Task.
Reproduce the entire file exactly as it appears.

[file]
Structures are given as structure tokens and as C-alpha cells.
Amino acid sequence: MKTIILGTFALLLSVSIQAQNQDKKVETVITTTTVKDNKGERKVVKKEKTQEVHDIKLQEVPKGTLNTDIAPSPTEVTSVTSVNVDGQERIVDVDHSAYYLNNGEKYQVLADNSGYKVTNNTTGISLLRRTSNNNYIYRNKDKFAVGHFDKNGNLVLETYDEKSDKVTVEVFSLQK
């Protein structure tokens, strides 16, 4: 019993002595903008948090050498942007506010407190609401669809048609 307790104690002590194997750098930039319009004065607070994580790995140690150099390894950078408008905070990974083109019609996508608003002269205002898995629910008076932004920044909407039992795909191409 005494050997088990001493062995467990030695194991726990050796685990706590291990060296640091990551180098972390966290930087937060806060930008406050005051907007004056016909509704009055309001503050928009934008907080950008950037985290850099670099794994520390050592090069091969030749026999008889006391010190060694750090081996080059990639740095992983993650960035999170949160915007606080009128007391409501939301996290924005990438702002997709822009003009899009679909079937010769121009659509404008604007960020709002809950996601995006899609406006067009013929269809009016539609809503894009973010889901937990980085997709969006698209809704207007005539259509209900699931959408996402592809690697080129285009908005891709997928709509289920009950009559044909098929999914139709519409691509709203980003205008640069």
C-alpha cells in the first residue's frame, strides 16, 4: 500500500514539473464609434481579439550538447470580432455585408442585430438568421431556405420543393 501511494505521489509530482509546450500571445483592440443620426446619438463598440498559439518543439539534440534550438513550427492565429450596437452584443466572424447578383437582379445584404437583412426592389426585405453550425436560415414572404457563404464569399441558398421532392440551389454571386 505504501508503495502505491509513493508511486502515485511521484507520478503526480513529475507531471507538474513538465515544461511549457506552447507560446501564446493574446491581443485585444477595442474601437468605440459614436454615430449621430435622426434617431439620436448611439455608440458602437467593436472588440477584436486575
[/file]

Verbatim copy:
Structures are given as structure tokens and as C-alpha cells.
Amino acid sequence: MKTIILGTFALLLSVSIQAQNQDKKVETVITTTTVKDNKGERKVVKKEKTQEVHDIKLQEVPKGTLNTDIAPSPTEVTSVTSVNVDGQERIVDVDHSAYYLNNGEKYQVLADNSGYKVTNNTTGISLLRRTSNNNYIYRNKDKFAVGHFDKNGNLVLETYDEKSDKVTVEVFSLQK
């Protein structure tokens, strides 16, 4: 019993002595903008948090050498942007506010407190609401669809048609 307790104690002590194997750098930039319009004065607070994580790995140690150099390894950078408008905070990974083109019609996508608003002269205002898995629910008076932004920044909407039992795909191409 005494050997088990001493062995467990030695194991726990050796685990706590291990060296640091990551180098972390966290930087937060806060930008406050005051907007004056016909509704009055309001503050928009934008907080950008950037985290850099670099794994520390050592090069091969030749026999008889006391010190060694750090081996080059990639740095992983993650960035999170949160915007606080009128007391409501939301996290924005990438702002997709822009003009899009679909079937010769121009659509404008604007960020709002809950996601995006899609406006067009013929269809009016539609809503894009973010889901937990980085997709969006698209809704207007005539259509209900699931959408996402592809690697080129285009908005891709997928709509289920009950009559044909098929999914139709519409691509709203980003205008640069």
C-alpha cells in the first residue's frame, strides 16, 4: 500500500514539473464609434481579439550538447470580432455585408442585430438568421431556405420543393 501511494505521489509530482509546450500571445483592440443620426446619438463598440498559439518543439539534440534550438513550427492565429450596437452584443466572424447578383437582379445584404437583412426592389426585405453550425436560415414572404457563404464569399441558398421532392440551389454571386 505504501508503495502505491509513493508511486502515485511521484507520478503526480513529475507531471507538474513538465515544461511549457506552447507560446501564446493574446491581443485585444477595442474601437468605440459614436454615430449621430435622426434617431439620436448611439455608440458602437467593436472588440477584436486575